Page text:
The Greater Lansing Housing Coalition receives upwards of 80 calls a day just about housing issues.
"The calls we get are unlicensed landlords and where the property has mold, lead paint, leaky roofs," explained Executive Director, Julie Powers. "I had a call the other day with an overrun of vermin and as it turns out the rental license had lapsed."
40% of the housing units in Lansing are rentals. And, Powers said that's what most of the calls are about, the landlord/tenant relationship.
"We have folks who don't necessarily know what they're getting into and there are a ton of bad actors out there," Powers explained. "I know that there are great landlords. I'm not talking about them. But, there are some really bad characters out there in this town and they're repeat, repeat offenders."
The Mayor said it's the city's most vulnerable getting pushed around.
"People at the low end of the economy can be taken advantage of. And, they're already spending an inordinate amount of their income on housing. That's statistically proven and then, what are their options?" He said. "You know, so they're being exploited."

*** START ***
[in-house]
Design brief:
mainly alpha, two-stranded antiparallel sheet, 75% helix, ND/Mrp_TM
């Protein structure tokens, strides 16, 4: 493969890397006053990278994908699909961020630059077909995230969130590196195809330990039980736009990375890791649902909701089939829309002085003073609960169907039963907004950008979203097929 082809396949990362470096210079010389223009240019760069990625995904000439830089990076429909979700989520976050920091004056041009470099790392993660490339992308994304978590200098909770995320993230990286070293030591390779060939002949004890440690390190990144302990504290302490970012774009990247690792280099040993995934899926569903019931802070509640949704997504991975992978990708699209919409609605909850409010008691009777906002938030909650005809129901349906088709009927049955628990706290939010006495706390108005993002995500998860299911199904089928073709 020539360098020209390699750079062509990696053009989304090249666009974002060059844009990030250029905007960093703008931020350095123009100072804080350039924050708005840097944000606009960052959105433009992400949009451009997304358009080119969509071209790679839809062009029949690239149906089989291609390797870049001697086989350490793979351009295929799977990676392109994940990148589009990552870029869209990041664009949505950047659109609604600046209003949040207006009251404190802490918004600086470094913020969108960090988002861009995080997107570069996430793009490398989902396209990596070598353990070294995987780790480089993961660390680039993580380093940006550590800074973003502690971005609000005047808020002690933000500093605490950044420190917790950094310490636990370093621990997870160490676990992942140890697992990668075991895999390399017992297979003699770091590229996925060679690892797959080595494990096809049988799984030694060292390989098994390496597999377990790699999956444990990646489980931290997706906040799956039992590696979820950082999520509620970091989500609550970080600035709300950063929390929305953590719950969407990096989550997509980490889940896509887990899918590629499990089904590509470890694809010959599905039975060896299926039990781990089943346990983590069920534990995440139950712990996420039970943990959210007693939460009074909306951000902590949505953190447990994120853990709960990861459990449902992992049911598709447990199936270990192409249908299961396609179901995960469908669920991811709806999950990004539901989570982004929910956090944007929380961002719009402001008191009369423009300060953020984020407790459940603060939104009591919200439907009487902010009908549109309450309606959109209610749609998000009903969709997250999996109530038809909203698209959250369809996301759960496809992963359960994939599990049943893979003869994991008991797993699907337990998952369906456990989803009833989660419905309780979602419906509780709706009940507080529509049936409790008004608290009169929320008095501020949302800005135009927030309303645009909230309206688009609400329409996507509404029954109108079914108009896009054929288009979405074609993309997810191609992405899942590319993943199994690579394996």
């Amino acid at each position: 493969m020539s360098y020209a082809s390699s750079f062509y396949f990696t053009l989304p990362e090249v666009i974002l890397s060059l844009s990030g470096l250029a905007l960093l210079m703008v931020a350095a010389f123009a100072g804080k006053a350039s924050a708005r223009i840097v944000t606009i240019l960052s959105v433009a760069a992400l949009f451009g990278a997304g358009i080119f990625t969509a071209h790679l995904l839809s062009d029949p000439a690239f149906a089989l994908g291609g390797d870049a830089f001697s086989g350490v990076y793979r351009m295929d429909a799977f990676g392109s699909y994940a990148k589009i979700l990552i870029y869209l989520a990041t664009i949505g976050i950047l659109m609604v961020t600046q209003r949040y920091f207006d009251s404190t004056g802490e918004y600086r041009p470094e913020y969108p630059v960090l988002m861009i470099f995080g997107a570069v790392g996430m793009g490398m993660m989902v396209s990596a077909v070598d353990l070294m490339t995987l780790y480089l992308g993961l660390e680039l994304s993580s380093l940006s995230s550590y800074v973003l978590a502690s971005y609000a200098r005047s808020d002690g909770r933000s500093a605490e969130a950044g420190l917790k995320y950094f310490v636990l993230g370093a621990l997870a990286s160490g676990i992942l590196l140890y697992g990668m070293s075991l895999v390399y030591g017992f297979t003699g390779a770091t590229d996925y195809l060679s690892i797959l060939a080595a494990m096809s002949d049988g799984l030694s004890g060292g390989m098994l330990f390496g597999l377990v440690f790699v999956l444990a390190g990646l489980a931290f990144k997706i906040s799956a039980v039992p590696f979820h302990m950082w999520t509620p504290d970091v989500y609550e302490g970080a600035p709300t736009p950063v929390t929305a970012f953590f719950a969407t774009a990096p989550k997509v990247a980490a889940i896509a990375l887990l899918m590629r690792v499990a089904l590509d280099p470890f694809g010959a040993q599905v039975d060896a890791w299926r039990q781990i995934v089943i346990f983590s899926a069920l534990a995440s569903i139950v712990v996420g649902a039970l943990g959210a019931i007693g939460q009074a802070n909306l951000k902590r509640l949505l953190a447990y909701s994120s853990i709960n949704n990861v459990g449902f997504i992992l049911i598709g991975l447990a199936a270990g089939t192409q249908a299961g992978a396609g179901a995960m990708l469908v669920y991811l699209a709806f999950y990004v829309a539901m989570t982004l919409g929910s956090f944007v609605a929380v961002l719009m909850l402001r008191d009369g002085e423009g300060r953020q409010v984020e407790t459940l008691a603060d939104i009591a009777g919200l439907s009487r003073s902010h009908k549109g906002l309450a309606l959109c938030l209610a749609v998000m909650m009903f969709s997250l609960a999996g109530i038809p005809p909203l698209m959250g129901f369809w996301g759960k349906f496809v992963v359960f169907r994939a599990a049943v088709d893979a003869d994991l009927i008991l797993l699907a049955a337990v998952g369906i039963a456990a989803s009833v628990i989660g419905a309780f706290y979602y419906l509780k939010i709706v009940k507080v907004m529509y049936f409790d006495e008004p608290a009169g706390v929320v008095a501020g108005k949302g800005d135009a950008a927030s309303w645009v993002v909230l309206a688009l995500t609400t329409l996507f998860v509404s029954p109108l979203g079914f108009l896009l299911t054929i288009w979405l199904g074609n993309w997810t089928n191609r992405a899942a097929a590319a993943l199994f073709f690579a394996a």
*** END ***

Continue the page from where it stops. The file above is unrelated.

That's why Mayor Bernero plans to create a Housing Ombudsman position to help connect tenants to the resources they need.
"Ultimately what it means is we're gonna keep people in their homes. We're gonna improve their situation. We're gonna stop them from being evicted unfairly and hopefully prevent some homelessness. And, give people avenues where they can fight back and hopefully resolve some disputes," the Mayor said.
It's a step Powers said will improve the bigger issue of housing in the region overall.
"We need to do better and this is part of that process of doing better," she said.
The Housing Ombudsman's job description hasn't been worked out just yet. It could be an organization or just one person.
The Mayor plans to discuss it in further detail during his State of the City Address Tuesday night.
It will be up to City Council to approve the position.